Helping a loved one with their overeating problem can be difficult, especially if you’re not sure what to do. This article is meant to help you better understand your role as a support for your friend or family member as they tackle this issue of overeating.
- offer loving support
- talk to them about their problem
- help them to make healthy choices
- realize that it’s a process
- let the professionals do their job
- try to make them feel badly for slipping up
- tell them to “just eat less”
- limit their food intake
- try to be the expert
- take treatment into your own hands
It’s easy to get frustrated when someone you love has a problem with food. You wish they would “just get over it” so that they can start living a healthier, happier life. What they really need though, is your love and acceptance while they work on their issues. Let your loved one know how much you care by offering your support in whatever form they might need.
Sometimes overeaters are in denial, although most of them typically recognize that they have a problem. Ask them what’s going on. There’s a deeper issue than just eating too much and gaining weight. There is an emotional reason why your loved one is overeating. Show them that you are there to listen, whenever they’re ready to talk.
Set an example for your loved one by developing a healthy diet and lifestyle for yourself. When you lead by example, you create a template for your friend or family member to mimic. You can also keep your home full of healthy foods and snacks so that, if they do decide to eat, they’re filling up on foods chock full of nutritional value.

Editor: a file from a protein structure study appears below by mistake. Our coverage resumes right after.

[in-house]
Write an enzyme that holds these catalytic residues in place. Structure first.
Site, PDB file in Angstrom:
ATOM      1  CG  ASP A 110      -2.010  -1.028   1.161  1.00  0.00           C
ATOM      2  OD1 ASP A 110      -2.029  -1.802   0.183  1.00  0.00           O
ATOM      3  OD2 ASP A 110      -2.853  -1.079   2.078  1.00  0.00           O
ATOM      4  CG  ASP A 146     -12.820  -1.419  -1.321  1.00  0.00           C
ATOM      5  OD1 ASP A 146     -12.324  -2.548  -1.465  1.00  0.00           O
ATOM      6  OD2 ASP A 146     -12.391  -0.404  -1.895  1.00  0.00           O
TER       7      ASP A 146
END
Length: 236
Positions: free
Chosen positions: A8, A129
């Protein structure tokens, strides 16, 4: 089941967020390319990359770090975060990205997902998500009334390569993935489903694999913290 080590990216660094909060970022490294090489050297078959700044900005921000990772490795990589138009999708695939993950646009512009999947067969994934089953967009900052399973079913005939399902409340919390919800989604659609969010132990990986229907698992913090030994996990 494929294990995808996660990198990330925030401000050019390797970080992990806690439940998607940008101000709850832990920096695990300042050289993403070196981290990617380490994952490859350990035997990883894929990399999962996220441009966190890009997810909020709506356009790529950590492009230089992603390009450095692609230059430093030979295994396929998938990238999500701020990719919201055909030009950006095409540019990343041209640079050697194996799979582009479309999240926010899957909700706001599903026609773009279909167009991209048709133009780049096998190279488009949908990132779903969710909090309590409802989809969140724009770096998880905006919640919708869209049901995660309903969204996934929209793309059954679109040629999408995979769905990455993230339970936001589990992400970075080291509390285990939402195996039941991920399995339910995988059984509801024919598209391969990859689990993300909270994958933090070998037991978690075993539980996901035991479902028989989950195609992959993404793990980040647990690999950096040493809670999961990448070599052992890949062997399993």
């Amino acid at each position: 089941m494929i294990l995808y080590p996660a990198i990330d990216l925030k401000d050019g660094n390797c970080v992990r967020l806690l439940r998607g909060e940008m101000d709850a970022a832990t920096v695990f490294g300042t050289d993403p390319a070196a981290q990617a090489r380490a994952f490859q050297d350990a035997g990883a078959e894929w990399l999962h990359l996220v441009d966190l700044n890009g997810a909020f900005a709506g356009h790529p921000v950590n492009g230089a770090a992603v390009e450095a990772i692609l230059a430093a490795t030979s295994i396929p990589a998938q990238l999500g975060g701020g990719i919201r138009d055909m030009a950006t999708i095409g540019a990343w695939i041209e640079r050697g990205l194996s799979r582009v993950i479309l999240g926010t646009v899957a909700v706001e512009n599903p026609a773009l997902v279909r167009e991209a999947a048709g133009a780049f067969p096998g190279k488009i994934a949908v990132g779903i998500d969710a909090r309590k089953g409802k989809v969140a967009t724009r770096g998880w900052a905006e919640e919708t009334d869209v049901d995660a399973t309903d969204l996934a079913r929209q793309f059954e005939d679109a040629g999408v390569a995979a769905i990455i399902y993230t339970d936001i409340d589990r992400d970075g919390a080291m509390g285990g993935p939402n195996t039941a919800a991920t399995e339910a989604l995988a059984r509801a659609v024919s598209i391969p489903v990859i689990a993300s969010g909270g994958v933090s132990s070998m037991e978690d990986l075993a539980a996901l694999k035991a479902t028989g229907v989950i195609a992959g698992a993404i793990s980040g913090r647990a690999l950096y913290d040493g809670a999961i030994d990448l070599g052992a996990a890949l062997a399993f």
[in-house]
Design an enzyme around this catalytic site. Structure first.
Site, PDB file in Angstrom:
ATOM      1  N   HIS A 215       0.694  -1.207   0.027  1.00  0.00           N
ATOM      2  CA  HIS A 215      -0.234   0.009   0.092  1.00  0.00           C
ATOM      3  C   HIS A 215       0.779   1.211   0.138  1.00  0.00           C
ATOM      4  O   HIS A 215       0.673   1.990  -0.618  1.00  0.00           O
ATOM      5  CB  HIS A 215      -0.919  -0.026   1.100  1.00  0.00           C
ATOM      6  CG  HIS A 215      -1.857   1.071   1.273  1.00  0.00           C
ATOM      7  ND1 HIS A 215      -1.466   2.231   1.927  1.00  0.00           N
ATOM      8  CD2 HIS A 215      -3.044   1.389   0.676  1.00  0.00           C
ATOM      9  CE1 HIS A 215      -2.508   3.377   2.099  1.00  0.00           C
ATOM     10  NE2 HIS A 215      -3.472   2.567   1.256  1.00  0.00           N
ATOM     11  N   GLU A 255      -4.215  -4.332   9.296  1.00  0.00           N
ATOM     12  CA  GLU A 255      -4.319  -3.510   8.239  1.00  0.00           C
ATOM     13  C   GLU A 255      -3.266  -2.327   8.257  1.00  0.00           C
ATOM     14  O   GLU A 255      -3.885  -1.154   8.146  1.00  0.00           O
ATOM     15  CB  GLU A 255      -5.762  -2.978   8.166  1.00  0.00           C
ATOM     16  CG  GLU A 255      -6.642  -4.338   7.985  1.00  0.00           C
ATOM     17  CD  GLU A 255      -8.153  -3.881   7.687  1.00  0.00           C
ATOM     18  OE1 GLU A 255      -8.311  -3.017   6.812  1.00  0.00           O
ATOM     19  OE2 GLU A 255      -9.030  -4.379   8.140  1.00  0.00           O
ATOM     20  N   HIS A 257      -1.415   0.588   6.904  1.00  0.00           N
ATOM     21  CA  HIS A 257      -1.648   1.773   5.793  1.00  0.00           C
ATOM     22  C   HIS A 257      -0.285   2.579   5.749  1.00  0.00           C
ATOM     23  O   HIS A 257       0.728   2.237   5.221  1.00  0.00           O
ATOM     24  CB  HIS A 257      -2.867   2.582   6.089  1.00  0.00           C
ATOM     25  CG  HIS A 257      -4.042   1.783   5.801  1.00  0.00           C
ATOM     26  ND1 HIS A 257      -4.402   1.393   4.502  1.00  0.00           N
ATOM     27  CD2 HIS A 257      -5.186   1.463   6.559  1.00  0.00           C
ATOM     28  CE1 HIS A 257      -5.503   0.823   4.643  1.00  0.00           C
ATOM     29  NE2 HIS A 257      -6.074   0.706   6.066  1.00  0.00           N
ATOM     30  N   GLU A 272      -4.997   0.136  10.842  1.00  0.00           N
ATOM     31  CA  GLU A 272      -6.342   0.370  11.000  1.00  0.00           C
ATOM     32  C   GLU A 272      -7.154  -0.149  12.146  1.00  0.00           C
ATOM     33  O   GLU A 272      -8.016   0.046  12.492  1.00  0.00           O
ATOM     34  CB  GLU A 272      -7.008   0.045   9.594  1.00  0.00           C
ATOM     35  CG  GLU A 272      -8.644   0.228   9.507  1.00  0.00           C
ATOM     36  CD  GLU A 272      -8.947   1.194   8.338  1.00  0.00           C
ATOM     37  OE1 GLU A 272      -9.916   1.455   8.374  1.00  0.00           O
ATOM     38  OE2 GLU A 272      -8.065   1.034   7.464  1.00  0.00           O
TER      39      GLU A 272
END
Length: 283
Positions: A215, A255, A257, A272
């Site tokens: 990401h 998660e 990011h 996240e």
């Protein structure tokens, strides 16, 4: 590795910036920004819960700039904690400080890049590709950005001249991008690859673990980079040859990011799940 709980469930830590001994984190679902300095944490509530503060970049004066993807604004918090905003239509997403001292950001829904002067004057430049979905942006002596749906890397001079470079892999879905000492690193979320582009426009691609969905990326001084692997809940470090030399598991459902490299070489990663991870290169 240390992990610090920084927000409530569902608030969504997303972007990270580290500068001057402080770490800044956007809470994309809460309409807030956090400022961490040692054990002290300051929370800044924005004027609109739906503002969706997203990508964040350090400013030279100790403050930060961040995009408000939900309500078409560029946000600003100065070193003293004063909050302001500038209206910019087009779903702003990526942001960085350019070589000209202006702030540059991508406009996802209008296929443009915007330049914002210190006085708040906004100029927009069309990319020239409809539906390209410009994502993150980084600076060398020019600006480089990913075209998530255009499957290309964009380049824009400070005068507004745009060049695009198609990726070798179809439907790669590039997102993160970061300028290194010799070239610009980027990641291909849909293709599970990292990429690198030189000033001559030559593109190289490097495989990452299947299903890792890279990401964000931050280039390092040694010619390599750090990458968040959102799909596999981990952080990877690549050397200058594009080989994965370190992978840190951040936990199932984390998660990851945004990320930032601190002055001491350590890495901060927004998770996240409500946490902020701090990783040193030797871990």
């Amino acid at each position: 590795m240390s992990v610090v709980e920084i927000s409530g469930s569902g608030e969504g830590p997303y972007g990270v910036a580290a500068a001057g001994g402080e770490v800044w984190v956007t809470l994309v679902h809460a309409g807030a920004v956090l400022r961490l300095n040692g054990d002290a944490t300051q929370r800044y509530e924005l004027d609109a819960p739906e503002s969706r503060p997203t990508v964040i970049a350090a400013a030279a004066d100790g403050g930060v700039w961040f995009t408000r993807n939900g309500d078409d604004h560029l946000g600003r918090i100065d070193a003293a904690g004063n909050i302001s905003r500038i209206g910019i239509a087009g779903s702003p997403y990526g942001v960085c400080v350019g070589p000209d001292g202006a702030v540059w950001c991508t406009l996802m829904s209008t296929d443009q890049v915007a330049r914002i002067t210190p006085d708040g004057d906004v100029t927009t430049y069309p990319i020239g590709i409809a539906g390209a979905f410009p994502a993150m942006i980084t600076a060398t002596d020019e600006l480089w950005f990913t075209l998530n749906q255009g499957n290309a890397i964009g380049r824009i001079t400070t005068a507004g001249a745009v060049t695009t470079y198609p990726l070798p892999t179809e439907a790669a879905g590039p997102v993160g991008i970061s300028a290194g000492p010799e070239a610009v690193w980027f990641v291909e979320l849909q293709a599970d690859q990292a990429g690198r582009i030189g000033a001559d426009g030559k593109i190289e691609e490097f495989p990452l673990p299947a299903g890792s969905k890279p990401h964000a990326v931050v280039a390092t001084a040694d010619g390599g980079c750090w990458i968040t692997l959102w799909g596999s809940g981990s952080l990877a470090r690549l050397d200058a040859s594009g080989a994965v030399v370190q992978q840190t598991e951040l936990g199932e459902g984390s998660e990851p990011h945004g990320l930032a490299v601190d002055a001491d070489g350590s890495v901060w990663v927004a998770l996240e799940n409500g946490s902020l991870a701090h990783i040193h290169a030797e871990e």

Overeating issues don’t disappear overnight. They’ve probably been accumulating for years. It takes time to change eating patterns, beliefs around food, and the underlying emotional reason for overeating. Do your best to provide steady and constant support while accepting that the progress may be slow.
If your loved one is working with a treatment team, let them do their job. They are trained to handle clients with eating disorders and have a lot of knowledge and experience in treating them. It’s OK to supplement professional treatment with a coach or alternative therapy, but make sure to follow the instructions from a season treatment team.
It’s natural, it happens, and you can bet your bottom dollar that they’re already feeling guilty about it themselves. Telling them that they “should try harder” or “aren’t trying hard enough” is going to make them feel worse and then guess what happens? They eat more.
That much is understood. They know they need to eat less; the issue is that they don’t know how to eat less. It’s actually wired in their brain to eat more than they need to. It takes time and effort to rewire the brain. If you can understand that, you can be an even better support for your loved one.
If you want to put a strain on your relationship, by all means be the food police. If you’re hoping to keep your loved one loving you, you need to let them overeat if they decide to. You may think that you’re helping them by serving them small portions and taking food away from them, but you’re just treating the symptom.
You can read all the books you want on overeating but unless you’ve experienced it yourself, you’re going to have a hard time relating to what your loved one is going through. Accept that your love and support are enough. The causes of overeating are personal and it’s up to your friend to figure out what’s going on for him or herself.
Of course, you want to do everything you can to support your loved one. Do your research and figure out the best ways you can offer aid. However, don’t try to become the professional. You may be well-intentioned, but it can be dangerous and life-threatening to your loved one if you decide that you’re now in charge of their therapy. That said, you should take responsibility for your participation in the treatment process. It’s important for the support team to stay actively involved in recovery.
The best thing you can do when a friend or family member has an overeating problem is to just be there for them no matter what. Be a ready and willing listener and a constant support. Be the cheerleader that never stops cheering, even when their progress halts or regresses.